15. "With the right holster, a full-sized handgun makes less of a lump than a cellphone".

    Absolutely, and a print shirt even covers that.

  16. In Pennsylvania, there's 600,000 licenses issued in a state with an adult population of about 9 million. So statistically about one in fifteen adults has a License to Carry in this state. Obviously those number are not evenly distributed. You might feel more comfortable in Philadelphia, where the number is only one in thirty six adults have a license to carry. I'd not recommend Pittsburgh, however, where the number is double that. Definitely avoid the rural counties were it's close to a guarantee that you'll run into people carrying firearms, and where hardly a vehicle won't have a pistol in the glovebox.

    But then again, Philadelphia is where all the violent crime is. The rest of Pennsylvania outside of Philadelphia is safer than most of Western Europe, statistically.

  17. Part 1 of 2


    Let me spell out the assumptions that fed that formula more clearly since you don't like it. It turns out that your state has a relatively low percentage of CCW permits so my initial number may be a bit high; in many states, 2-4% of the population has a CCW permit but MN's actual numbers are a bit lower. Sorry for somewhat overestimating the chances earlier! You were actually right to be a bit skeptical. Still, the original estimate was in the ballpark.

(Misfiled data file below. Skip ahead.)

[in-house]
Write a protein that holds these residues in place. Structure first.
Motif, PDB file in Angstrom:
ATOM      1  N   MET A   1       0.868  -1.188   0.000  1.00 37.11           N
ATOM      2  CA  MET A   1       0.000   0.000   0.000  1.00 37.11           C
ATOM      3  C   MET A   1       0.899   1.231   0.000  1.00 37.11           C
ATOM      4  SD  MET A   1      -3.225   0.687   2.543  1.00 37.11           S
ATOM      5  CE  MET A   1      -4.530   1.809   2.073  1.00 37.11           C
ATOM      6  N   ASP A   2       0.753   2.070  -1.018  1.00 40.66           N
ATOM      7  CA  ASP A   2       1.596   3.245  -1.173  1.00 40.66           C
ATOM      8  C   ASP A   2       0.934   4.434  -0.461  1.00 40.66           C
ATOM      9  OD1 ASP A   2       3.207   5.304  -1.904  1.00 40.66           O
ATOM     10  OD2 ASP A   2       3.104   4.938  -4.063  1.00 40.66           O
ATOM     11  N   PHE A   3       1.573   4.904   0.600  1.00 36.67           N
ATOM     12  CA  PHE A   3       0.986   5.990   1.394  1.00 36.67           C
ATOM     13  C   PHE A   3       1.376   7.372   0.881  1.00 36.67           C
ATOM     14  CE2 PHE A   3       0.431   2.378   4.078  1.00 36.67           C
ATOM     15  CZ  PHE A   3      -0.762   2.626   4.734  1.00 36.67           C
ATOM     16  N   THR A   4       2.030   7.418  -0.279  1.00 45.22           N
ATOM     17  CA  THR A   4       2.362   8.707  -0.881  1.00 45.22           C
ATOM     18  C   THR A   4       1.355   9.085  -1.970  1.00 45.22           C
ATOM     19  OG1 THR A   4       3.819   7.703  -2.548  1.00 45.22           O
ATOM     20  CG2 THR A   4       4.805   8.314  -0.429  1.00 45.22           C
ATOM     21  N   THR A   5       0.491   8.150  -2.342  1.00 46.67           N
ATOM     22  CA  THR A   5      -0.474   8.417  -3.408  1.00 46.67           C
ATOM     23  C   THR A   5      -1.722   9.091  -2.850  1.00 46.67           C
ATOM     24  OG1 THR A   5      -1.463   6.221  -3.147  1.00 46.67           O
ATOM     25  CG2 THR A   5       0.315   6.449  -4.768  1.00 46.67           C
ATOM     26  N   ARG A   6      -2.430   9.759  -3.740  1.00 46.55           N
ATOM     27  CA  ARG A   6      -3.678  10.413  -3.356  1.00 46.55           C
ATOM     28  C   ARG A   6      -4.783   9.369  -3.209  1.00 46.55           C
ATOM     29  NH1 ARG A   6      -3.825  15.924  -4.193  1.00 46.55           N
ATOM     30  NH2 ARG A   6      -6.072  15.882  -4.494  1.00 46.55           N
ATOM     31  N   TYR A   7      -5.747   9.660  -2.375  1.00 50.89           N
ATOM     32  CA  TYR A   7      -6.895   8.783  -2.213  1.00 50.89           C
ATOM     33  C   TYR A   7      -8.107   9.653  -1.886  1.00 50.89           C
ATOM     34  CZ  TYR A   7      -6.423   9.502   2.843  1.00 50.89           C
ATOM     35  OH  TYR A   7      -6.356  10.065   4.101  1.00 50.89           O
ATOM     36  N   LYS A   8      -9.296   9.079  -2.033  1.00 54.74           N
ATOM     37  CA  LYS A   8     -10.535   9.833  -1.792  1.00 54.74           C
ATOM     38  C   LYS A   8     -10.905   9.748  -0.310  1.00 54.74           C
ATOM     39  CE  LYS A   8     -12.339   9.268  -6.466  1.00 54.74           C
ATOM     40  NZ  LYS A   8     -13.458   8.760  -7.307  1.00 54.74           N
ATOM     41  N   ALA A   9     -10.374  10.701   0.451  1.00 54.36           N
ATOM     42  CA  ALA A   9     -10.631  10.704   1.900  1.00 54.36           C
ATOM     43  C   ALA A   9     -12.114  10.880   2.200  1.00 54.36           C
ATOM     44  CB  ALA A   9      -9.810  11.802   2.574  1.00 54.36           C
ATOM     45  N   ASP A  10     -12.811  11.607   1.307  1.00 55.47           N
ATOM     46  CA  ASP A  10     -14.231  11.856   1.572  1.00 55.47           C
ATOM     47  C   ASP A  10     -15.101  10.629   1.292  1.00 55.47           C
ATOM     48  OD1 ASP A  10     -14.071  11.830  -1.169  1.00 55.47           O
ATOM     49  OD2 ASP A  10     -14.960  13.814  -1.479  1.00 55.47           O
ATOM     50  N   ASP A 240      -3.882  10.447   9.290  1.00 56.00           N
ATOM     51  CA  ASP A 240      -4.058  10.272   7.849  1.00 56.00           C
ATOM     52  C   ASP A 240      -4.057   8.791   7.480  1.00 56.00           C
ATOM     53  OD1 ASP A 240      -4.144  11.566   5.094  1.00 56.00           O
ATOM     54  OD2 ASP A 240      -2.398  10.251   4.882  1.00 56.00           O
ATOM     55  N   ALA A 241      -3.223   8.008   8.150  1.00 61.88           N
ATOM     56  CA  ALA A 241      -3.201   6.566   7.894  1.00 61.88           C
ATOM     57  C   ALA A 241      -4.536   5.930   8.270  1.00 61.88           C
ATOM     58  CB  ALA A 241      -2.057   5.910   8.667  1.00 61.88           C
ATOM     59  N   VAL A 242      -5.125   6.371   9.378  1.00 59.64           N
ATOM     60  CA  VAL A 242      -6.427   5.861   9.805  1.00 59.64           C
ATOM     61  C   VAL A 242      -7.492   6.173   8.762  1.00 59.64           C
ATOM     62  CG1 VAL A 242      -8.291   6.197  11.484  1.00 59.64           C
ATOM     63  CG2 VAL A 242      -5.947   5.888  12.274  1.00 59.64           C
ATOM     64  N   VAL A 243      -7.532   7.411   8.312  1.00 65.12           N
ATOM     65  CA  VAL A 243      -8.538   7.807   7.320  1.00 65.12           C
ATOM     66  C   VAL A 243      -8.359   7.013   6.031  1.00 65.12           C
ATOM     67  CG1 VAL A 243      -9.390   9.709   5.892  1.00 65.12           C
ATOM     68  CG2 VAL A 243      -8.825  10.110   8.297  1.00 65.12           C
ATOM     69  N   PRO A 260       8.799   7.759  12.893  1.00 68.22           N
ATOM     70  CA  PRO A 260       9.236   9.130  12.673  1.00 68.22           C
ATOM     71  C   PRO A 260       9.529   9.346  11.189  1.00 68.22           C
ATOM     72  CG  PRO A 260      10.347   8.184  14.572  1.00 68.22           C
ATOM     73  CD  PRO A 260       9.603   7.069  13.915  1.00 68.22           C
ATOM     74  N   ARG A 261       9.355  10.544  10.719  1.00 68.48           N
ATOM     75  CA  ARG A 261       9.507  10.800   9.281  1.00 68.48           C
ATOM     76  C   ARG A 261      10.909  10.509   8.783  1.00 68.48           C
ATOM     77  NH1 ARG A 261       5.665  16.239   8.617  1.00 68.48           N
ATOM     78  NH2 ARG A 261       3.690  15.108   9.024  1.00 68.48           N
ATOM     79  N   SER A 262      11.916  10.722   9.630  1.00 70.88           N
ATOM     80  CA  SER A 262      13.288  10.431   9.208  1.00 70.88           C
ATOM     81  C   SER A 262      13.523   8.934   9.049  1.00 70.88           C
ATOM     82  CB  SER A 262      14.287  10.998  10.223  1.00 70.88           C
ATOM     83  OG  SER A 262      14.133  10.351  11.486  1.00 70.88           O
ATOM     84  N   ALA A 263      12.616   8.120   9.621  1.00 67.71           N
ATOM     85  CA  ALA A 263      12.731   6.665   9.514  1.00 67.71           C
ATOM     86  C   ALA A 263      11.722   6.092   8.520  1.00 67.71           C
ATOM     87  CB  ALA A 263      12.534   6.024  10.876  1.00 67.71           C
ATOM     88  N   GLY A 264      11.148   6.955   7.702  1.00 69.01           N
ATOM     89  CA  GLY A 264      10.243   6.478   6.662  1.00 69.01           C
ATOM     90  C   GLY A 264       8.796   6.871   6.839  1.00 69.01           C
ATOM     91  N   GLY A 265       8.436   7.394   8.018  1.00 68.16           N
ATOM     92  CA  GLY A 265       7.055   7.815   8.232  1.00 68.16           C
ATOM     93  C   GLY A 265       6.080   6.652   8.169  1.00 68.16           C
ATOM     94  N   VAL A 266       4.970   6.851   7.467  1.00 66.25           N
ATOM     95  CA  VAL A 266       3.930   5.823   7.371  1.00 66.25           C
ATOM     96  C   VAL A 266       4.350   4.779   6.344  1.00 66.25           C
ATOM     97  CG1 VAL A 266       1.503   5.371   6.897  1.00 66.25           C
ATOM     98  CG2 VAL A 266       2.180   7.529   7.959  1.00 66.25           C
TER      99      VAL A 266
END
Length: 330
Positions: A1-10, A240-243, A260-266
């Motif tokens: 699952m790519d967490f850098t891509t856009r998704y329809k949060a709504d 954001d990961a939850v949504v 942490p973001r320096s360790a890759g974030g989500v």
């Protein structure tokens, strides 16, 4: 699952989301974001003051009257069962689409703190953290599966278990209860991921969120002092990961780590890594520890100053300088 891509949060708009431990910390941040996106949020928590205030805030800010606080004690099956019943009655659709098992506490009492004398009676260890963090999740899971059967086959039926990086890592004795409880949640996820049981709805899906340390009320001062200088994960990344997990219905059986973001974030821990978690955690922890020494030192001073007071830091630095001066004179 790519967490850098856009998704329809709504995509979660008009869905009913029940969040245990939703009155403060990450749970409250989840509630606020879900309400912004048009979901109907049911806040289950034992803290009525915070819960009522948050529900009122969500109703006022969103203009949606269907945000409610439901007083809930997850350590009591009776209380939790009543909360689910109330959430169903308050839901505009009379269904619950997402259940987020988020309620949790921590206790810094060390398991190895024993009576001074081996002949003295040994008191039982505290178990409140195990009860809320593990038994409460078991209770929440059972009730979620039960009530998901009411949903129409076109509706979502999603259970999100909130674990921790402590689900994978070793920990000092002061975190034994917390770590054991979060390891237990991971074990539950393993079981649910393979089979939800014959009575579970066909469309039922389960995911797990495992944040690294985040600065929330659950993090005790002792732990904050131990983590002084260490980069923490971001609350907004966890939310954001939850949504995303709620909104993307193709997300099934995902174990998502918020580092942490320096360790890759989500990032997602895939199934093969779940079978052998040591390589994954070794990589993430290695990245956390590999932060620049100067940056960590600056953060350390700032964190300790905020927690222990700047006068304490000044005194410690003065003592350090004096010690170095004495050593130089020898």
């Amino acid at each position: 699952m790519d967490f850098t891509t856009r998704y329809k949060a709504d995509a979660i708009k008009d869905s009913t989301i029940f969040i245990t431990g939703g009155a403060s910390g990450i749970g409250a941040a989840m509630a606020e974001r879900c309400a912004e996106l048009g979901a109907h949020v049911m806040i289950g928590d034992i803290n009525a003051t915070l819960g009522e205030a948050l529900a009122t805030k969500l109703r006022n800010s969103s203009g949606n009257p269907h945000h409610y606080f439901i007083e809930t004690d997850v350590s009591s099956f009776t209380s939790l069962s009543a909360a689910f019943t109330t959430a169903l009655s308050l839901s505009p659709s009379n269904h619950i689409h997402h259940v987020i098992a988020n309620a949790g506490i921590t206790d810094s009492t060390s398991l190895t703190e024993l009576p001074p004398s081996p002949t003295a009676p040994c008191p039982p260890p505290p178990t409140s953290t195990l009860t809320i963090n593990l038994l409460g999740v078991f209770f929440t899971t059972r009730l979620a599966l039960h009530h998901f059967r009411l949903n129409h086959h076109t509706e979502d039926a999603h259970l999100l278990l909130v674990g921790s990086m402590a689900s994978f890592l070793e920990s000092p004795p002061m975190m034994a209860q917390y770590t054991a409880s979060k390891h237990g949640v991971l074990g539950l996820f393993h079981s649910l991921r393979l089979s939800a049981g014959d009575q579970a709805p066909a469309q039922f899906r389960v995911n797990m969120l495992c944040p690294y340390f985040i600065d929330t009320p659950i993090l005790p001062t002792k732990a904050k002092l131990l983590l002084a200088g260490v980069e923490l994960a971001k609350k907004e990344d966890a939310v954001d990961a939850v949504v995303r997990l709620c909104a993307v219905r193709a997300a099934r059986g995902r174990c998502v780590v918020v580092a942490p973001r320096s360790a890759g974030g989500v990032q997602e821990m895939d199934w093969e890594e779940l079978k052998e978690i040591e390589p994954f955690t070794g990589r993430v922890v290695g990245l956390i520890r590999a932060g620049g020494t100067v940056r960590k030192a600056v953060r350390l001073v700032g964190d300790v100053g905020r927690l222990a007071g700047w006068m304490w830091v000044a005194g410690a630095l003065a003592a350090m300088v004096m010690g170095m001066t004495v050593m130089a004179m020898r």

1) 1.7% of MN adults hold CCW permits. I have high confidence in this point. It is based on your state's annual CCW report and the US census bureau's data (69,313 CCWs at the end of 2009 / 4,007,588 adults in Minnesota = 1.7%)
    2) Half of all CCW permit holders carry a firearm while going about their business outside the house. This is an assumption in which I have low to moderate confidence. The actual number could be higher or lower.
    3) CCW permit holders are no more or less likely to frequent public places like restaurants, malls, and so on than the average adult Minnesotan. I have less confidence in this assumption and I am unsure in what way it will bias the results. On one hand, we know that gun ownership is correlated positively with income in most places; that would imply that gun owners have disposable income and thus may be more likely to go to shopping malls or movies than the average Minnesotan. However, it also would make sense for CCW permit holders to be concentrated in higher crime areas (on the idea that more people who feel threatened get permits). In this case, assuming that most of your time is spent in low to moderate crime areas, there may be fewer CCW permit holders at the places that you personally go to.